On Tuesday, Donna Ryan was out of breath, shoveling snow on a neighbor’s sidewalk on Bradley Beach’s Ocean Avenue.
“I’ve had enough,” said Ryan, 49, speaking of the winter weather.
The snow is one thing, but the cold has been worse — frozen pipes, the furnace chugging to keep up.
“It’s been a tough February,” Ryan said. “We had an easy December and January. It was great. Then, February came back to bite us.
“My poor kids,” said Ryan, speaking of son, Jake, 13 and daughter, Kylie, 9. “They need to get outside. In 10 minutes, they’re freezing.”
During a Monday-Tuesday, Feb. 16-17 storm, 6.2 inches of snow fell in Neptune, according to Township Clerk Richard J. Cuttrell, who is the local weather guru.
That snowfall brought the local snow total for the season up to 27.0 inches, which is about normal for an entire season, said Cuttrell, who operates the Tri-State Storm Watch website. And snow season is weeks from being over.
The Sunday-Monday overnight of Feb. 15 and 16 produced the coldest temperature of the winter, 0.0 degrees in Neptune about 6 a.m. Monday, Cuttrell said. But brace, yourselves.
“We’ll do better than that Friday morning,” said Cuttrell, speaking of Friday, Feb. 20, “0 to 5 below (0) for the whole area.”
The Jersey Shore Dream Center in Asbury Park has given out an estimated 500 blankets to homeless people this winter, said its director, the Rev. Isaac Friedel. On Thursdays, the Dream Center serves a hot-meal supper and, in winter, “I notice an increase in the numbers, people staying longer,” Friedel said.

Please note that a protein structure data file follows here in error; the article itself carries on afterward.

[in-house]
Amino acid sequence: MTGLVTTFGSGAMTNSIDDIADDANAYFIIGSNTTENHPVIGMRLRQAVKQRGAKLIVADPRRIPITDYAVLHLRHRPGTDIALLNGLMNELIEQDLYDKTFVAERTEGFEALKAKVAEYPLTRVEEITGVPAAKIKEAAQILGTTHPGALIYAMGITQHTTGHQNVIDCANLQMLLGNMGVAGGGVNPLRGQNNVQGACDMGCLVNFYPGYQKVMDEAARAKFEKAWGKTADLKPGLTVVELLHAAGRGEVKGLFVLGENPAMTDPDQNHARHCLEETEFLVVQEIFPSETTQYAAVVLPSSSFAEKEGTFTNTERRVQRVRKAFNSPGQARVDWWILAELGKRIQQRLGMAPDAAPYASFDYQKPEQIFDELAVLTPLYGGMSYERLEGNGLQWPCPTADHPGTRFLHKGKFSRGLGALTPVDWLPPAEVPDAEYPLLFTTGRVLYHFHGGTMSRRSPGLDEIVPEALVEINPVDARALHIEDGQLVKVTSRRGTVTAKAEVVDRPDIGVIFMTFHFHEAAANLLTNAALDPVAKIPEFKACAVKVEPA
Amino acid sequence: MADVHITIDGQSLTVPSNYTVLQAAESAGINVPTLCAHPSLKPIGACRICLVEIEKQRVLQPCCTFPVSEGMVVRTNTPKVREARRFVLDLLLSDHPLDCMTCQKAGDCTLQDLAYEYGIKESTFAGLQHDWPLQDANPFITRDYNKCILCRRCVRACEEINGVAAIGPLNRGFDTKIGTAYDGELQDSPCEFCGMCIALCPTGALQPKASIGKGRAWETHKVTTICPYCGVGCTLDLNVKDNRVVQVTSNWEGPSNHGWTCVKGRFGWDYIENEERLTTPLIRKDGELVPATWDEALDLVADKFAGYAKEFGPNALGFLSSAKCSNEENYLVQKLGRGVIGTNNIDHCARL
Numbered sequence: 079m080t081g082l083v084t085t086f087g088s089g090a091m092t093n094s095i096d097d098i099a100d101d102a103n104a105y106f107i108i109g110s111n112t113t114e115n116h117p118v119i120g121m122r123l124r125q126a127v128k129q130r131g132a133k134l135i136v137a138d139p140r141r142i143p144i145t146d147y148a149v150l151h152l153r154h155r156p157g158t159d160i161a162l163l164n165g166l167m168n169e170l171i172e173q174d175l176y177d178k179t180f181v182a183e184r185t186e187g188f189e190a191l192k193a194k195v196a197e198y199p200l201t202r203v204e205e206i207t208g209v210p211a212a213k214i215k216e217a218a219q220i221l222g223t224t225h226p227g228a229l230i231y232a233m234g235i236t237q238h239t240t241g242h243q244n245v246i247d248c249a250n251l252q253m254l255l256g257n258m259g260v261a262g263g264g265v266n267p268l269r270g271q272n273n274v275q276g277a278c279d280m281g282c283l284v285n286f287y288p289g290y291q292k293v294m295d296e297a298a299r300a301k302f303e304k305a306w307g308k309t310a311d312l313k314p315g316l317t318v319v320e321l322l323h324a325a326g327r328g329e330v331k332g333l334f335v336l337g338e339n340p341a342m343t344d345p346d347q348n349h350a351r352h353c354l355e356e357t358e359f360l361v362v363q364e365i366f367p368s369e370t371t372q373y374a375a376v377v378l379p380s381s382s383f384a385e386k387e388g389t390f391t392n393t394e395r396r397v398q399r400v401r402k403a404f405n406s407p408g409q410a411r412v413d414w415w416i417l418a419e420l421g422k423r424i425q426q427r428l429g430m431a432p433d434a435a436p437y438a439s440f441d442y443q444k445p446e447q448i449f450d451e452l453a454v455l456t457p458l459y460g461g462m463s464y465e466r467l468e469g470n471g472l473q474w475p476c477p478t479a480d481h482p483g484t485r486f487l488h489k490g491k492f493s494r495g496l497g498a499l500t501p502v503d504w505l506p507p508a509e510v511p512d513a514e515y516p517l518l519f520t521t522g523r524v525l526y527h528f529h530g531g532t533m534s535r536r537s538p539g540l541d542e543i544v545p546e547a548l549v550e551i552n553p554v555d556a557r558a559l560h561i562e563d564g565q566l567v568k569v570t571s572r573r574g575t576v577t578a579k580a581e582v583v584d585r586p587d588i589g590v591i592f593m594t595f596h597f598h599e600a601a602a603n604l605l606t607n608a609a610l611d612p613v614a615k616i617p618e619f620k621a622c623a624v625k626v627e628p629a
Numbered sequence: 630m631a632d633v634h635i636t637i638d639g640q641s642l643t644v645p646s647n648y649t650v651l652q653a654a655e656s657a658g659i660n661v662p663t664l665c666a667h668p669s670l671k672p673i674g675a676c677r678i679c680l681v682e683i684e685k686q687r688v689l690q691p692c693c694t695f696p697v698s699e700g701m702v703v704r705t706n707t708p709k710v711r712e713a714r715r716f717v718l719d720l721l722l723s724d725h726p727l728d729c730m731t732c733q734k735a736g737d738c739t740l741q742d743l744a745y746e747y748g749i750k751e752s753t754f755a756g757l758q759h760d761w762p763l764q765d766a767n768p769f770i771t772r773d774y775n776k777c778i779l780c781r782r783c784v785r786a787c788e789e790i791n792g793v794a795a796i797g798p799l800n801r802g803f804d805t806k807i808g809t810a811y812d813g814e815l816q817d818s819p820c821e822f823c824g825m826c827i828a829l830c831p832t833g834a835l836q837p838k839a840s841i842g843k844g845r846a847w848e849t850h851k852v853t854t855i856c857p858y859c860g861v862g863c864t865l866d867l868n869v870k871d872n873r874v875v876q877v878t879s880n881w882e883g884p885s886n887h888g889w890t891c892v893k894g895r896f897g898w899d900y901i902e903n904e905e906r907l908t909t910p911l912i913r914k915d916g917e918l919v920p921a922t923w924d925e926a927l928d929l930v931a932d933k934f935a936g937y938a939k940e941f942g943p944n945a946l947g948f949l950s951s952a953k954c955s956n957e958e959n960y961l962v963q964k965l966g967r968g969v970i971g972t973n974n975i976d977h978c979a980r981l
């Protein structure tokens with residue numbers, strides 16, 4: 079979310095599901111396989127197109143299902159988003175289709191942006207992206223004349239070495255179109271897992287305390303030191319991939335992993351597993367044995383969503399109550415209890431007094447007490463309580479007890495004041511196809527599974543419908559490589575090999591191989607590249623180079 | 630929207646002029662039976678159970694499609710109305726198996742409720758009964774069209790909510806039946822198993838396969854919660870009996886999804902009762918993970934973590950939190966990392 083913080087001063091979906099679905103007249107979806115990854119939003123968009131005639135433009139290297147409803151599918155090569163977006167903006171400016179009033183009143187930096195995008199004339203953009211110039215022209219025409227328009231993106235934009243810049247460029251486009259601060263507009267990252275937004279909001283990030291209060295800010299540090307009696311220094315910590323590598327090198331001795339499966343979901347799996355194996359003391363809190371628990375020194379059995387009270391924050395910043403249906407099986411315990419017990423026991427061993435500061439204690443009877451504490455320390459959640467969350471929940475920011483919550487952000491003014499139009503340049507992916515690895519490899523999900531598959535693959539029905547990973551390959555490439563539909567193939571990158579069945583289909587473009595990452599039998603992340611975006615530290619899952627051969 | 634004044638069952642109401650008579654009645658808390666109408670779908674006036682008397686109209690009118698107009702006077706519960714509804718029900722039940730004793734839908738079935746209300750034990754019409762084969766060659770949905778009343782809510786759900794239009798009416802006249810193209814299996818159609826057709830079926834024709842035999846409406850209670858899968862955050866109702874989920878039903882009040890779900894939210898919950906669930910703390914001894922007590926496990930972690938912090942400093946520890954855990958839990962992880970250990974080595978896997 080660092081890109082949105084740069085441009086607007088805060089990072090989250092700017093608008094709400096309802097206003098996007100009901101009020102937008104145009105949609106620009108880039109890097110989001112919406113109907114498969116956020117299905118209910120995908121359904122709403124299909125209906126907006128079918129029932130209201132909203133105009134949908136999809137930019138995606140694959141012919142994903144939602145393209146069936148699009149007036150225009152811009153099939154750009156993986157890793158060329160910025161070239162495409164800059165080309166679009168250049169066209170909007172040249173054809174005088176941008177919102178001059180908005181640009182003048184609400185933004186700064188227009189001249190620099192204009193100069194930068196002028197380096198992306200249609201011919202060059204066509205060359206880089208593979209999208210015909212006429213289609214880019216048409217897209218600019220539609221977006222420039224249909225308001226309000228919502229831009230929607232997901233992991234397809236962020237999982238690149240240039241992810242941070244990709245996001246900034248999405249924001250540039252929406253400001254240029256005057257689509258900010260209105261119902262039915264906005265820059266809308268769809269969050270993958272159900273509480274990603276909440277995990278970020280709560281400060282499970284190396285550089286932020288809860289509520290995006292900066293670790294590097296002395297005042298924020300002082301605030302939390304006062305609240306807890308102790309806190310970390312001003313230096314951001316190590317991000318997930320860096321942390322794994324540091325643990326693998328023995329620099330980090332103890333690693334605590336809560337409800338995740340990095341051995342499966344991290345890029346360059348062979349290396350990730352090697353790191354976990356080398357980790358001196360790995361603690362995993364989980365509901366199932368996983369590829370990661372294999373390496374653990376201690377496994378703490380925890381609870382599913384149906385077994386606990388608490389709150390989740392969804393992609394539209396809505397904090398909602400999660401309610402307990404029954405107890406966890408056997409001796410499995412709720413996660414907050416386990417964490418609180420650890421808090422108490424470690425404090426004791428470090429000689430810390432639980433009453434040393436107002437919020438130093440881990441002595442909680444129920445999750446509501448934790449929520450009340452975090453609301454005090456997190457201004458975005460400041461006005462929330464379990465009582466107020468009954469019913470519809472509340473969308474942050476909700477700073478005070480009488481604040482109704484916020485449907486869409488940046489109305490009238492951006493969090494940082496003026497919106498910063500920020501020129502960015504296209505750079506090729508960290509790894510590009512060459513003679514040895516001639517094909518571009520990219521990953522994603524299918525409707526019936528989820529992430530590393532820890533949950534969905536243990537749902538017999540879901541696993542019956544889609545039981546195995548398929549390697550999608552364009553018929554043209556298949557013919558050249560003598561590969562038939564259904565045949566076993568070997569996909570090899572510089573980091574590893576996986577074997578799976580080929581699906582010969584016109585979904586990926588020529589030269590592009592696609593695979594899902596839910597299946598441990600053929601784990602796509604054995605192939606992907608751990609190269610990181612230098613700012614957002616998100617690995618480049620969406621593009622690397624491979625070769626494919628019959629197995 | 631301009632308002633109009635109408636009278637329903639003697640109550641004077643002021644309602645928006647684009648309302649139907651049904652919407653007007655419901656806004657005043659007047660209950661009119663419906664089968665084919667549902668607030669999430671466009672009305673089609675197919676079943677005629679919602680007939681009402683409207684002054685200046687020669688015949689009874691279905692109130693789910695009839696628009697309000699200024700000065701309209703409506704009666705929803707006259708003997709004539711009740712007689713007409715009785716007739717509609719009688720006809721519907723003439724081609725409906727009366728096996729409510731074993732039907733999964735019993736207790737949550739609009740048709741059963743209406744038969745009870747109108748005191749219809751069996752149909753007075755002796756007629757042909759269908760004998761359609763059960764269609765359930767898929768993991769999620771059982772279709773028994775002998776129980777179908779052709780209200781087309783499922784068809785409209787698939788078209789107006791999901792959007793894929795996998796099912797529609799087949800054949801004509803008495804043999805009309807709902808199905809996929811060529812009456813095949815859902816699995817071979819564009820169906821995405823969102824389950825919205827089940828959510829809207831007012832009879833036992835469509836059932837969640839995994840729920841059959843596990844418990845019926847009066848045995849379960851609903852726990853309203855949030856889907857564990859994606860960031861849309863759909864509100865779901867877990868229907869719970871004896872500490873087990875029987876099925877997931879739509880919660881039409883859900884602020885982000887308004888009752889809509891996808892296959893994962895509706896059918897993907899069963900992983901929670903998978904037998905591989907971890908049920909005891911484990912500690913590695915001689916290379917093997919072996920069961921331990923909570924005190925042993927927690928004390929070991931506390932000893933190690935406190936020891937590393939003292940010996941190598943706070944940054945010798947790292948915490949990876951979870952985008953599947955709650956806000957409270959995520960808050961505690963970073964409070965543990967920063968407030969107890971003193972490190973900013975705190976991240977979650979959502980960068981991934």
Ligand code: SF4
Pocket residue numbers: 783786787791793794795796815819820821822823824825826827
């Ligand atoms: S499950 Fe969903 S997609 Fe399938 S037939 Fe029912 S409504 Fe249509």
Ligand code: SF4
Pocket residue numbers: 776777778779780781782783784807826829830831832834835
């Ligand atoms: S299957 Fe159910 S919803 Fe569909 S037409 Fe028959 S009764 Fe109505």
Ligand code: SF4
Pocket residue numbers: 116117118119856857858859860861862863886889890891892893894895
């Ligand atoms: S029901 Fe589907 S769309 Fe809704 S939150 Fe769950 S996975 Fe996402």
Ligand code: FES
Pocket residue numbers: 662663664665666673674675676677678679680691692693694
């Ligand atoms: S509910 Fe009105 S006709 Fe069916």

How was winter treating Bob Cece, 70, who was shoveling the sidewalk around his house in Ocean Grove.
“I hate it,” Cece said.
“December and January wasn’t as bad as last year,” Cece said. “And you can’t complain about the amount of snow. (But) one day after another is too much.”
If there was a consolation, the snow Feb. 16-17 Cece was shoveling was fluffy, meaning it was light and easy to move.
It was the equivalent of 20 inches of snow for 1 inch of precipitation, “rather than the 10-to-1 standard,” Cuttrell said. So, the 6.2 inches of snow was based on precipitation of about 3/10s of an inch, he said.
“It’s very easy to push,” said Patrick O’Rourke, 29, who was cleaning a residential property on Avon’s Sylvania Avenue.
O’Rourke owns PS Property Maintenance in Neptune. So, his winter business of plowing and shoveling started slow this winter.
“Up to mid-January, I guess it was, the we started getting storms,” O’Rourke said. “You have good years and bad years (for the snow business). It’s the nature of the beast. Last year, we had a good year. Take it when you can get it.”
As for the cold on Monday, Feb. 16, it set a record — with records kept since the late 1800s — for Atlantic City, whose 2 degrees beat 1888’s 3 degrees and tied a 1888 record in Trenton at 1 degree, Cuttrell said.
John Hansen, captain of the Allenhurst Fire Department Dive Team, warned about ice on bodies of water.
“As I always say, the ice is never safe, especially near the runoffs from the bridges and the street drains,” Hansen said. “Salt from the runoffs make the ice very unpredictable.”
And during winter, what do people eat?
“In this weather, people want the comfort food,” said Ryan, who with her husband, Shawn, are co-owners of the FINS Tropicali Cuisine restaurant in Bradley Beach. “You’re not eating a salad.”
On Tuesday, Feb. 17, Shelby Buron, 47, pulling her son, Chase, 4, in a sled, were out in their town of Ocean Grove, taking advantage of the “balmy,” as she put it, 24-degree temperature.
“We’re getting tired of winter,” Buron said.
Buron and her family had just got back from Antigua, where is was sunny and 85 degrees.
“We didn’t want to get off the plane,” said Buron, adding it was both the snow and cold that was getting to her.
“Spring can’t come soon enough,” Ryan said.
“Think summer,” Cece said.